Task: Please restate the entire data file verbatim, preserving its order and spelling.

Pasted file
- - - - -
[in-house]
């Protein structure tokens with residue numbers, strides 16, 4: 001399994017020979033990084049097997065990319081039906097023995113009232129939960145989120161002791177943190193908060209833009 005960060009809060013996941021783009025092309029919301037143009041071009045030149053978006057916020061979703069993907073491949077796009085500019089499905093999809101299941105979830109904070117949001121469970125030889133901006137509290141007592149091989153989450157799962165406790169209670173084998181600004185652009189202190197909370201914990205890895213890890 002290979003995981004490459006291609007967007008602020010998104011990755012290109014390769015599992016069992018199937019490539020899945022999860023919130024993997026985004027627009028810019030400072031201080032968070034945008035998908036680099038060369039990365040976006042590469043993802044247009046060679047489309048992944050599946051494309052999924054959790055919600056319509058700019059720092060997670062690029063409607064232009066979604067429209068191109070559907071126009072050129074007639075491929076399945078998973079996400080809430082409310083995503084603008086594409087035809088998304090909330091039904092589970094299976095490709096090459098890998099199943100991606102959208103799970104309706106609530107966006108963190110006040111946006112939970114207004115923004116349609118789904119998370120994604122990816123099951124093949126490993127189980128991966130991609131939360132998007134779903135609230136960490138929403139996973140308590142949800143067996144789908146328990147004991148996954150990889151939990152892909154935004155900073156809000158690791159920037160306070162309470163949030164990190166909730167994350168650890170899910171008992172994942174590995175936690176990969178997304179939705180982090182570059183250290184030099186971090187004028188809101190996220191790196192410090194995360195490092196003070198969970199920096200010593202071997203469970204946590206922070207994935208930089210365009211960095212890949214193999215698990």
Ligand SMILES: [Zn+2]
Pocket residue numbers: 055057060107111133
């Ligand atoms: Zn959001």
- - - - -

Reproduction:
[in-house]
């Protein structure tokens with residue numbers, strides 16, 4: 001399994017020979033990084049097997065990319081039906097023995113009232129939960145989120161002791177943190193908060209833009 005960060009809060013996941021783009025092309029919301037143009041071009045030149053978006057916020061979703069993907073491949077796009085500019089499905093999809101299941105979830109904070117949001121469970125030889133901006137509290141007592149091989153989450157799962165406790169209670173084998181600004185652009189202190197909370201914990205890895213890890 002290979003995981004490459006291609007967007008602020010998104011990755012290109014390769015599992016069992018199937019490539020899945022999860023919130024993997026985004027627009028810019030400072031201080032968070034945008035998908036680099038060369039990365040976006042590469043993802044247009046060679047489309048992944050599946051494309052999924054959790055919600056319509058700019059720092060997670062690029063409607064232009066979604067429209068191109070559907071126009072050129074007639075491929076399945078998973079996400080809430082409310083995503084603008086594409087035809088998304090909330091039904092589970094299976095490709096090459098890998099199943100991606102959208103799970104309706106609530107966006108963190110006040111946006112939970114207004115923004116349609118789904119998370120994604122990816123099951124093949126490993127189980128991966130991609131939360132998007134779903135609230136960490138929403139996973140308590142949800143067996144789908146328990147004991148996954150990889151939990152892909154935004155900073156809000158690791159920037160306070162309470163949030164990190166909730167994350168650890170899910171008992172994942174590995175936690176990969178997304179939705180982090182570059183250290184030099186971090187004028188809101190996220191790196192410090194995360195490092196003070198969970199920096200010593202071997203469970204946590206922070207994935208930089210365009211960095212890949214193999215698990």
Ligand SMILES: [Zn+2]
Pocket residue numbers: 055057060107111133
């Ligand atoms: Zn959001």